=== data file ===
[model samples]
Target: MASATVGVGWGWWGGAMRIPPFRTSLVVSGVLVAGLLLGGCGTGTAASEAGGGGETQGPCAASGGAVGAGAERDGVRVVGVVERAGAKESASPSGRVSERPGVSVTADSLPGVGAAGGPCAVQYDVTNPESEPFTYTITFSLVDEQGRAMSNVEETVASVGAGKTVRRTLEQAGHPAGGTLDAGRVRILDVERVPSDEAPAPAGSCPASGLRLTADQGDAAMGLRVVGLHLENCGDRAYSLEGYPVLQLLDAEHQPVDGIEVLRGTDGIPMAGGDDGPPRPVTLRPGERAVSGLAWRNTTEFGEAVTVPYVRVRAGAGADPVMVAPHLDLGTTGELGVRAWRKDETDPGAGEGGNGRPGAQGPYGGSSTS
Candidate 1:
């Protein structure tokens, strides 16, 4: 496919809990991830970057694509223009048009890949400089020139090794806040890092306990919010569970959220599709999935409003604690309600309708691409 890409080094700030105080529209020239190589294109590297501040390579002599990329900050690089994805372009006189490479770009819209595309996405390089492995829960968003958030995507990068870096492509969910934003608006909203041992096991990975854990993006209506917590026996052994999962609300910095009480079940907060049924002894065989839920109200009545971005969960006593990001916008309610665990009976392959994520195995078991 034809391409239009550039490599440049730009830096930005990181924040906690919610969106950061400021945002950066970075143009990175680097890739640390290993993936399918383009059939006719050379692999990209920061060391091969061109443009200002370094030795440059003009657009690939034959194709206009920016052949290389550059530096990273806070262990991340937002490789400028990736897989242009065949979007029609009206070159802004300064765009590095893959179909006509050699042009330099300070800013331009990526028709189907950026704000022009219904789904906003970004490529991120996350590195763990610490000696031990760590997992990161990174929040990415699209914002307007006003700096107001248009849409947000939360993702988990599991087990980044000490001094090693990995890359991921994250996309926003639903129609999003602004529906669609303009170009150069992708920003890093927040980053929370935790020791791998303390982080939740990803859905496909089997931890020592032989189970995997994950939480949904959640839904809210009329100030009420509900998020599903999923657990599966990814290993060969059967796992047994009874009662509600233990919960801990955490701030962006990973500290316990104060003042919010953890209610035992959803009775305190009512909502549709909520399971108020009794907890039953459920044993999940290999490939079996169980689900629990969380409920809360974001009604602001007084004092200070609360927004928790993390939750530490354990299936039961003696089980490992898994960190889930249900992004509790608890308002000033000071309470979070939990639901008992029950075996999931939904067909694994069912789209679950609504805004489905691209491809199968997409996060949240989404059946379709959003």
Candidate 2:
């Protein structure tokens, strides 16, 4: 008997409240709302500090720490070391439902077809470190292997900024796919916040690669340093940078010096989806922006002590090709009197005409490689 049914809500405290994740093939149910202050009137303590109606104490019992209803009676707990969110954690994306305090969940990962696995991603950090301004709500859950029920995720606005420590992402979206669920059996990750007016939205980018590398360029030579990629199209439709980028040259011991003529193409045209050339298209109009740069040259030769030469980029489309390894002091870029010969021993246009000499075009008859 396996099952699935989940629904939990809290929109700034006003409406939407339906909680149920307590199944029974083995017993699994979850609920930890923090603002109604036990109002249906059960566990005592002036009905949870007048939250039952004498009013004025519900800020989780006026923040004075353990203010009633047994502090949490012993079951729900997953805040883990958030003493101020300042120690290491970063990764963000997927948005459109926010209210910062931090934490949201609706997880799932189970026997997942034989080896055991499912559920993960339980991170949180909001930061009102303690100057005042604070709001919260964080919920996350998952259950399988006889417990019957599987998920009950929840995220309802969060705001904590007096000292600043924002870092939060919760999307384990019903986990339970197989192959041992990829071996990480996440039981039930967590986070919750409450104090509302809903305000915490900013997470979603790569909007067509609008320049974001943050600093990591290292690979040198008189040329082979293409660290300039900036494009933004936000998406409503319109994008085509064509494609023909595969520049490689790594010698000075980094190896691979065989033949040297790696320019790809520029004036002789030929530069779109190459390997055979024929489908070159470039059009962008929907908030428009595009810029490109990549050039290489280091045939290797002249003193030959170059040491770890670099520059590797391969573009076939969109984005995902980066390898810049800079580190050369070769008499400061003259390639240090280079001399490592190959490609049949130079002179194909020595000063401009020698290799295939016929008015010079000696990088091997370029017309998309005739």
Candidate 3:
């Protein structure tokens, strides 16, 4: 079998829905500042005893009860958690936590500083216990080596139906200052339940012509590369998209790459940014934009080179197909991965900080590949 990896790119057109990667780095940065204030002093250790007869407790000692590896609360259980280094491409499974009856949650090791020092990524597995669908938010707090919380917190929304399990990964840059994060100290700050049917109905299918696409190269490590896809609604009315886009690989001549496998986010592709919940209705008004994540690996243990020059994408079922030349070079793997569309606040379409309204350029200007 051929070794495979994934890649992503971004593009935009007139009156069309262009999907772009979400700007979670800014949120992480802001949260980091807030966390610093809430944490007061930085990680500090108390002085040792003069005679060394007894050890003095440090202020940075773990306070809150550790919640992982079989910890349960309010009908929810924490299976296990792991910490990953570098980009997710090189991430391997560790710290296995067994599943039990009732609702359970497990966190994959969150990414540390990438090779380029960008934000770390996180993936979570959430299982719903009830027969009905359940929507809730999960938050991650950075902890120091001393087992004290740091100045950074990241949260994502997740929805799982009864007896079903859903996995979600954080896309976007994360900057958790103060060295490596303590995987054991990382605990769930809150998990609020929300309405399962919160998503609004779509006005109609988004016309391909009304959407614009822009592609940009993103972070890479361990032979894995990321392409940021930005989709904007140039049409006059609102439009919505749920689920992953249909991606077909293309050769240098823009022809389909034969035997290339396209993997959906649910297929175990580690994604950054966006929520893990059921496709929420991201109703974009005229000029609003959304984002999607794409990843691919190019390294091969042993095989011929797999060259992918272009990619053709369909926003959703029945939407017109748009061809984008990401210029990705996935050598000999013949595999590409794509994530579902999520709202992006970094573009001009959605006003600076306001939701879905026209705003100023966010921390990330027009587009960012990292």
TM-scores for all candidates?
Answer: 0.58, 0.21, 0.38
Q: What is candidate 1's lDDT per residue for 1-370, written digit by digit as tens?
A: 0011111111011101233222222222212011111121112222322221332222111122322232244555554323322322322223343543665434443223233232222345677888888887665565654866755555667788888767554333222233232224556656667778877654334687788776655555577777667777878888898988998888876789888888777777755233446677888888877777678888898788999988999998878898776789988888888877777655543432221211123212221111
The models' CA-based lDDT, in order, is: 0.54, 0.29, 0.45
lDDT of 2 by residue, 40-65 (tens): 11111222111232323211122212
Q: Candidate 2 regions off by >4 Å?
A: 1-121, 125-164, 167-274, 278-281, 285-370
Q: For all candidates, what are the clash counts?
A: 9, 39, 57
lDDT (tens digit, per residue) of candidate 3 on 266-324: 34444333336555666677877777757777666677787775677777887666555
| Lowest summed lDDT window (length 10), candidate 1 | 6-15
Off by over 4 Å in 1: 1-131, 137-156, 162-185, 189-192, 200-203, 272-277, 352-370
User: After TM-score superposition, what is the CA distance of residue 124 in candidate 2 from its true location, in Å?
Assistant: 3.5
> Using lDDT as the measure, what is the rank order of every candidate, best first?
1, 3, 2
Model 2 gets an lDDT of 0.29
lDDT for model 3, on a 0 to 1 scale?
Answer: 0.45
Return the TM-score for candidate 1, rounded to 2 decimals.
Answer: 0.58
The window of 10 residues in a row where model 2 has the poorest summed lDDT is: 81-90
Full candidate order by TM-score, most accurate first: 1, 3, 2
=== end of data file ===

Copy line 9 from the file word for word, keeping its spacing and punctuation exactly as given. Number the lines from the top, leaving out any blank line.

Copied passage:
TM-scores for all candidates?